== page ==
March 4 (UPI) -- One of the United States' worst serial killers died Monday, the California Department of Corrections and Rehabilitation said.
Juan Vallejo Corona, 85, died of natural causes at around 8:15 a.m. at an outside hospital, the department said in a media release.
He was an inmate at the California State Prison-Corcoran.
Corona was serving 25 concurrent life sentences for having mutilated and murdered 25 farmworkers in 1971, which at the time made him the most prolific serial killer in American history.
The bodies were found buried in shallow graves along the Feather River in Sutter County, and as there were no witnesses, he was tried in 1973 on circumstantial evidence.
The victims were all men who had been seen with Corona and who had been hired through a county labor contracting business, the media release said.
Twenty-four of the men were hacked to death with a double-bladed ax, knife and a meat cleaver while the 25th victim was shot, CBS News reported.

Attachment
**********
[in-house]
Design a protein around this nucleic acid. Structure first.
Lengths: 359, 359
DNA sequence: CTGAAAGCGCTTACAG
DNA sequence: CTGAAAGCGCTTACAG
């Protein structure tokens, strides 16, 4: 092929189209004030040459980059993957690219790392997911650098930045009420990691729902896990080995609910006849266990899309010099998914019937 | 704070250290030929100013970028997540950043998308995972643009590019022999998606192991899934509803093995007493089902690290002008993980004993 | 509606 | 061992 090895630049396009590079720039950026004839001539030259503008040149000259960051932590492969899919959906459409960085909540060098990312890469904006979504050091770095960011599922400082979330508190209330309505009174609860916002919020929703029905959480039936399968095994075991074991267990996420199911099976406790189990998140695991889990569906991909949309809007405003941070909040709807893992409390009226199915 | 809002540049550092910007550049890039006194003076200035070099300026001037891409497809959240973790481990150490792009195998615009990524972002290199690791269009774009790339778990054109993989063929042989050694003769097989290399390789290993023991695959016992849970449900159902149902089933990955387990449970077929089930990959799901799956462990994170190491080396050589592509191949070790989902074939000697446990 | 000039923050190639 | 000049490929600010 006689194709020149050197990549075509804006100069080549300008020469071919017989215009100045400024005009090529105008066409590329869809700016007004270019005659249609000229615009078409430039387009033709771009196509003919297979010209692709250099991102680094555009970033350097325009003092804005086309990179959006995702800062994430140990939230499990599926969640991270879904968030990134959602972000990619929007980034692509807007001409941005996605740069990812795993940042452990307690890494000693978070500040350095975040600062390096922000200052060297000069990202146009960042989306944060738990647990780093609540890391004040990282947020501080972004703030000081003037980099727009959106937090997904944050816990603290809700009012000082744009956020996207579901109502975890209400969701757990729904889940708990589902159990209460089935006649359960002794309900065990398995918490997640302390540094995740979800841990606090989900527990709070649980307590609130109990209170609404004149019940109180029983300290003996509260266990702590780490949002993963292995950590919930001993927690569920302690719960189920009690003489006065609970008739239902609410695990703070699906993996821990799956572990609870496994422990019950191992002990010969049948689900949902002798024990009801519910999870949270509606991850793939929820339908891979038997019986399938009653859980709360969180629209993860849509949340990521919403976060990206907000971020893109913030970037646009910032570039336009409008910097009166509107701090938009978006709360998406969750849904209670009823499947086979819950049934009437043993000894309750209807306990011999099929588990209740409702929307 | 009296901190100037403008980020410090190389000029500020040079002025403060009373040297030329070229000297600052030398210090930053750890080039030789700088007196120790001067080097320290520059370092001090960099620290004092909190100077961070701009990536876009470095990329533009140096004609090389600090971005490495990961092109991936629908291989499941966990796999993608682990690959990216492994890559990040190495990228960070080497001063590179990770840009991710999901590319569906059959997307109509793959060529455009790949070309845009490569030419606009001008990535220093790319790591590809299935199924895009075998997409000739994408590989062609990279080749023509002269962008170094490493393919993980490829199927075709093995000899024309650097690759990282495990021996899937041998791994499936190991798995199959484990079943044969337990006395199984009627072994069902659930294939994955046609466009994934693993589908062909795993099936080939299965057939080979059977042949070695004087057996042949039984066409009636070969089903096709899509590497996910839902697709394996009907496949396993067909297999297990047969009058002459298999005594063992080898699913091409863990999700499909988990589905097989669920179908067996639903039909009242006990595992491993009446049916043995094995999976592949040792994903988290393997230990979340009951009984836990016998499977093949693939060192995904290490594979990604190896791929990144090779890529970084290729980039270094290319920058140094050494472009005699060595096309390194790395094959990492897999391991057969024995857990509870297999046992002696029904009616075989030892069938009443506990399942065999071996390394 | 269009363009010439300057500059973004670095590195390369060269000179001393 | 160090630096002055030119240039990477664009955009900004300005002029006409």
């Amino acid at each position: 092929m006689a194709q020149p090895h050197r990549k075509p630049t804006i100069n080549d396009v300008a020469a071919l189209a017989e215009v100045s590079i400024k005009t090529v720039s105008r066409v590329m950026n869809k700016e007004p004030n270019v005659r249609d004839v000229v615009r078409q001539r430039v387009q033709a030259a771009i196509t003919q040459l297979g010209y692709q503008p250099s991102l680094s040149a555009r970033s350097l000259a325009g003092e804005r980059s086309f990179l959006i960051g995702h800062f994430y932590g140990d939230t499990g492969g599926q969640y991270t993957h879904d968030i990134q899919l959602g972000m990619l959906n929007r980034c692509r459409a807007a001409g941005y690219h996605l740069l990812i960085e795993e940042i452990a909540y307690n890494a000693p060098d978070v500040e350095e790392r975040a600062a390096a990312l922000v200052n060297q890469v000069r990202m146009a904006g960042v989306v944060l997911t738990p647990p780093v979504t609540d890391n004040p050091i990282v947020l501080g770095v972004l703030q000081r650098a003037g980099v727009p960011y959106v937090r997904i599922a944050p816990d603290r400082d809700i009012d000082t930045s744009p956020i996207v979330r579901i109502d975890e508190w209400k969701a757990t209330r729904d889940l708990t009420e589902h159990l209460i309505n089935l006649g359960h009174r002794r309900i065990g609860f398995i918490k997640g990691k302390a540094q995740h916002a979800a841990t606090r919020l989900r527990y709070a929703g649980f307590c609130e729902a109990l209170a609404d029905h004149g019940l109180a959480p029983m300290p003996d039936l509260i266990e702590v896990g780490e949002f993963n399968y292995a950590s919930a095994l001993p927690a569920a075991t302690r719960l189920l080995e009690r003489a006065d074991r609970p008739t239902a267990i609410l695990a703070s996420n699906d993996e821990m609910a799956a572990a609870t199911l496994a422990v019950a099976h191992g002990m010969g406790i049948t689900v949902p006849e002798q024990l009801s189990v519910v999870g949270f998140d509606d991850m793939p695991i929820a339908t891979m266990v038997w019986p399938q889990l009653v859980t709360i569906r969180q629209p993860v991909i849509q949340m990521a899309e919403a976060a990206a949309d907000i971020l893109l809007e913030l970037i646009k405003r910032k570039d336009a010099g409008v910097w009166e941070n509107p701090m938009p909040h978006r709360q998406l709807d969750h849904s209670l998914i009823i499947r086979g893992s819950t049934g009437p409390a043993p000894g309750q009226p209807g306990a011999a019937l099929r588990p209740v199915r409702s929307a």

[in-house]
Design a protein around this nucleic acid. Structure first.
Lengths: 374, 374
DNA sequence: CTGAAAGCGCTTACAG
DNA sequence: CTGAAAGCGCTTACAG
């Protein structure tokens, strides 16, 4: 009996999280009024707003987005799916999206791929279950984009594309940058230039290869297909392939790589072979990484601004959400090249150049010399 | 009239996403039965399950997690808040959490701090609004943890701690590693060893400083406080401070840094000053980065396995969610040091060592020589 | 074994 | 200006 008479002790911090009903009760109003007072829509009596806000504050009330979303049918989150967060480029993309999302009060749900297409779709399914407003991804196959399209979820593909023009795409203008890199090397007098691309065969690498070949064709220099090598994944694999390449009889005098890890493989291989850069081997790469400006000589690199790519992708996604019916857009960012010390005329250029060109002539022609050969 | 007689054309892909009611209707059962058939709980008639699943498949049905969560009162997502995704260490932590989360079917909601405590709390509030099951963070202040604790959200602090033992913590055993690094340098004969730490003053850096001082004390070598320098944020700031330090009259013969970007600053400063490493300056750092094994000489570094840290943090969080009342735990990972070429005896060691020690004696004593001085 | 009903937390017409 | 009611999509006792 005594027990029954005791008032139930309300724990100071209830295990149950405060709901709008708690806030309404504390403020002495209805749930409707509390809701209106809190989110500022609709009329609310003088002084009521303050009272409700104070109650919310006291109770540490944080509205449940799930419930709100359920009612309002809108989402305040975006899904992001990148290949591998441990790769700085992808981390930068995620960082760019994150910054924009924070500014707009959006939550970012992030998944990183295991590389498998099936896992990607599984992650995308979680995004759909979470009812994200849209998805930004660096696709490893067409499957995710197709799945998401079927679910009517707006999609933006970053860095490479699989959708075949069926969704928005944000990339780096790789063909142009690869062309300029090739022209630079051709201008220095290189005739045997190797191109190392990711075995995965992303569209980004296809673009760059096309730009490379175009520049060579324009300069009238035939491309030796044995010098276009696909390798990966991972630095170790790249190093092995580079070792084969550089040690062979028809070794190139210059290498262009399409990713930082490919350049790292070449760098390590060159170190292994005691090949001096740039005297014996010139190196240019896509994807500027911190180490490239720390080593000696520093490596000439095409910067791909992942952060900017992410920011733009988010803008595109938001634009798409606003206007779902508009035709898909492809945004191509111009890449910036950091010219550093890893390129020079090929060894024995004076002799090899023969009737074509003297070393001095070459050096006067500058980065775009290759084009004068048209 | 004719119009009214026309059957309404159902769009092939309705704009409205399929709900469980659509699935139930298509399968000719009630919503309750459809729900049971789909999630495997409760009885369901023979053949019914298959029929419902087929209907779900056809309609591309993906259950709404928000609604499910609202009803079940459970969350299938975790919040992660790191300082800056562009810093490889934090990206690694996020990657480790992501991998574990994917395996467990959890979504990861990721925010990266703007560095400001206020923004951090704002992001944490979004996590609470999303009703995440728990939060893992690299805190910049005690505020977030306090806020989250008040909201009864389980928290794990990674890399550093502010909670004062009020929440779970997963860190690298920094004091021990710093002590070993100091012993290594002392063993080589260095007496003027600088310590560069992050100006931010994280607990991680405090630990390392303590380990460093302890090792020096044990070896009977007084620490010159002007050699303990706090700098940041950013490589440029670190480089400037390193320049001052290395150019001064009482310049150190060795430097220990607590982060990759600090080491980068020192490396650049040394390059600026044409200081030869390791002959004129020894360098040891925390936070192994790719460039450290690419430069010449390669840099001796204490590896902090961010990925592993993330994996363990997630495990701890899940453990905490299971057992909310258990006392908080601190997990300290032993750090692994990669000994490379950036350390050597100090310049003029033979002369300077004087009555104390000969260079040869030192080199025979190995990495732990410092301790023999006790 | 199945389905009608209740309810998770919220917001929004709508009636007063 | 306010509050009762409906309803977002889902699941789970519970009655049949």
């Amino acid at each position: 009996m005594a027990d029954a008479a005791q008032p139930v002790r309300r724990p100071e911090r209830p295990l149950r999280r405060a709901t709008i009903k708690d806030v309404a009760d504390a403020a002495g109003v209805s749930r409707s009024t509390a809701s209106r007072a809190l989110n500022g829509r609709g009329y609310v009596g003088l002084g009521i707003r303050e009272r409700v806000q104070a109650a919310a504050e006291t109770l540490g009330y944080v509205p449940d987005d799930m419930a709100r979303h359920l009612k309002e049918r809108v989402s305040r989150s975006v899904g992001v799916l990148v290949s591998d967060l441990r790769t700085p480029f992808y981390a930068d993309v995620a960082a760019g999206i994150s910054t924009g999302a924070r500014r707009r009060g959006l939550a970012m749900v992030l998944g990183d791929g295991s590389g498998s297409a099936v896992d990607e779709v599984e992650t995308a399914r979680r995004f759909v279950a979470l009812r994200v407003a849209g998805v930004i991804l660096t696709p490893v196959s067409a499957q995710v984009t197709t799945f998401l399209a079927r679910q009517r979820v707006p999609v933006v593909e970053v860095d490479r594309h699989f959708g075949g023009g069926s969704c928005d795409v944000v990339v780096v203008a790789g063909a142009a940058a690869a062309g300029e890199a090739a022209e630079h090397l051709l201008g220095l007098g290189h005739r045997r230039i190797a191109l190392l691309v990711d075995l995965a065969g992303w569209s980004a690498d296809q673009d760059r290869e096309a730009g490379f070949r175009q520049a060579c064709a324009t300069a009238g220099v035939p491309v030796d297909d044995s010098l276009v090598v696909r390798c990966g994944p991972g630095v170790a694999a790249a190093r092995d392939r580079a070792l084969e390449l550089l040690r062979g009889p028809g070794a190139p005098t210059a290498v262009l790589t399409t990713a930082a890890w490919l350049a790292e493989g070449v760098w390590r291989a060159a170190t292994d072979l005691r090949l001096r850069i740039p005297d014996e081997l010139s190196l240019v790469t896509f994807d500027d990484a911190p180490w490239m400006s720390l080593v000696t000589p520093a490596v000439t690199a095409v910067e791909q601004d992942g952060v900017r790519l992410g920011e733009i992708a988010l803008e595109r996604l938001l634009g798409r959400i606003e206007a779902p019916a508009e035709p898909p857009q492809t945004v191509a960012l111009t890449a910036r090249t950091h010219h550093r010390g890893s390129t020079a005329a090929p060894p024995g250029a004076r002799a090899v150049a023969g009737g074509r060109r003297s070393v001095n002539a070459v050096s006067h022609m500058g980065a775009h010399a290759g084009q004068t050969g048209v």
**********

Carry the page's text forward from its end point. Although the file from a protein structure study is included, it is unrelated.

While the Colusa County court found him guilty in January 1973, his conviction was overturned in 1978 by an appellate court, which said he wasn't given proper representation, earning him a new trial.
Corona was again found guilty on 25 counts of first-degree murder and sentenced to serve 25 concurrent years behind bars, with his sentence starting on Dec. 23, 1982.
In 1992, Corona was moved to the Protective Housing Unit at CSP-Corcoran, which houses inmates whose safety is jeopardized by the general prison population.
He experienced violence and health issues while in prison, including the loss of vision in one eye due to a repeated stabbing in 1972. He also suffered from at least three heart attacks while in prison.
Known as the "machete murderer," Corona was denied parole eight times with the most recent rejection in 2016. He was eligible for another hearing in 2021.